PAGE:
Imagine using your personal cooling pad to remain fresh and composed at work, while the company saves energy and money be setting the air conditioning to what would otherwise be somewhat uncomfortable temperatures. Cooling clothing would be welcome for a jog on a hot day. And a cooling strip in the brim of a Panama hat might be key to surviving as we experience more days that push temperatures into the danger zone, where a human cannot maintain a safe body temperature with its own cooling tricks.
Unfortunately, current refrigeration solutions have many drawbacks, not least of which is that they serve poorly in the types of applications envisioned above. So news that engineers and scientists from UCLA and SRI International, a nonprofit research and development organization, have announced a breakthrough in the use of solid materials for cooling comes like a refreshing breeze.
The phenomenon of using solid materials that display temperature changes when an electric field is turned on or off, known as the electrocaloric effect, has been studied for decades. But lack of efficiency has killed any potential for practical cooling applications.
Most cooling relies on gases that can be compressed into liquids, because the rapid expansion of a gas creates a powerful cooling effect.This effect arises based on the relative order (or disorder) of the system -- you may remember the word "entropy" bandied about in high school chemistry as the official technical word to describe the extent of order or disorder.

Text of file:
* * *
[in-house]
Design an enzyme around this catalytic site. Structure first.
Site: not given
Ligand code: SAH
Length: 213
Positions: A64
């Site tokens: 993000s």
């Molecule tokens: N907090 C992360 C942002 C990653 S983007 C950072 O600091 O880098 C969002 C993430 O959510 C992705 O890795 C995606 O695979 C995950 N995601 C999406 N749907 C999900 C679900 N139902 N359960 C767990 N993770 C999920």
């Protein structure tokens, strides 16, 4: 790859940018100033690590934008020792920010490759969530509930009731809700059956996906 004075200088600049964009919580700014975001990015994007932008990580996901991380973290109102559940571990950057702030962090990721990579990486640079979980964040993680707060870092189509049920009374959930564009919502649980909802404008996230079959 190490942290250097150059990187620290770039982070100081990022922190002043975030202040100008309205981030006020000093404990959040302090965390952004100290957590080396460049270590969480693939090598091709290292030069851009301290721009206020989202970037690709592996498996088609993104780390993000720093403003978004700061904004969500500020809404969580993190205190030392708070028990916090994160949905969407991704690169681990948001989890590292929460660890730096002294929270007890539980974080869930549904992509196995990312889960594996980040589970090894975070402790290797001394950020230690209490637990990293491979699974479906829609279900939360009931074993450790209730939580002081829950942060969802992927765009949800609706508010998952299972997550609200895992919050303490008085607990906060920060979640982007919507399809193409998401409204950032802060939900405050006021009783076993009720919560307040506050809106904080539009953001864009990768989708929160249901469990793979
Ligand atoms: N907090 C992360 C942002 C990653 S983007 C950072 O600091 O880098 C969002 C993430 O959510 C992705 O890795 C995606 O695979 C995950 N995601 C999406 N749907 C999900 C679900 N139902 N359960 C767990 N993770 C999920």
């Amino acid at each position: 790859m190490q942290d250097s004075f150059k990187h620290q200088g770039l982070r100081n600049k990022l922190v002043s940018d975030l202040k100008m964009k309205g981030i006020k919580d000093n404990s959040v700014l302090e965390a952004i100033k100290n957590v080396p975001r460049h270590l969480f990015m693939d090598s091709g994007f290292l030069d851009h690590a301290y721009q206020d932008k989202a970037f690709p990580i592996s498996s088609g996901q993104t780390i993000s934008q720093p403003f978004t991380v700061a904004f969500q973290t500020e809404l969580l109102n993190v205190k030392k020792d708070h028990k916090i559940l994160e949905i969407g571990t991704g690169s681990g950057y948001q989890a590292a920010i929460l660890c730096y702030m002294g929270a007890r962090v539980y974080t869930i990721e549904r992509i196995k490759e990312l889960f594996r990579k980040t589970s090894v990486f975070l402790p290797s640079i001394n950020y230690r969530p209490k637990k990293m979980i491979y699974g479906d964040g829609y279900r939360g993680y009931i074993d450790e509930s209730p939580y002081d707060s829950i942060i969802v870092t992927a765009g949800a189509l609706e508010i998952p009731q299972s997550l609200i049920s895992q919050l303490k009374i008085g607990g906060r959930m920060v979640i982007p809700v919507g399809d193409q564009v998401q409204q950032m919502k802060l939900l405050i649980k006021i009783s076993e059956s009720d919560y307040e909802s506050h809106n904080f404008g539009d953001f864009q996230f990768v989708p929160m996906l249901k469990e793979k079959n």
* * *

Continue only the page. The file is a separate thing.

In the case of a gas cooled to a liquid, the liquid represents a higher degree of order - the molecules have less freedom to move about within the liquid state. When the molecules that inherently crave to fly free are released by removing the pressure from the liquid, they quickly suck heat out of the surrounding environment in order to fuel their flight to greater freedom.
The theory is similar in the electrocaloric effect. The application of an electric field (i.e. turning it "on") causes the arrangement of molecules in a polymer film to change between lower and higher entropy levels. The problem has been getting enough of a change in entropy and harvesting the temperature differential efficiently enough to achieve a useful amount of cooling.
The UCLA/SRI team reports that their "EC [electrocaloric] device produced a specific cooling power of 2.8 watts per gram and a COP [coefficient of performance] of 13. The team considers this efficient enough to apply for a patent and start dreaming of cool new cooling solutions.
In addition to revolutionizing personal cooling, this technology could enable breakthroughs in electronics by offering a solution to the constant challenge of removing heat as systems get smaller and faster.
The study is published in Science magazine: Highly efficient electrocaloric cooling with electrostatic actuation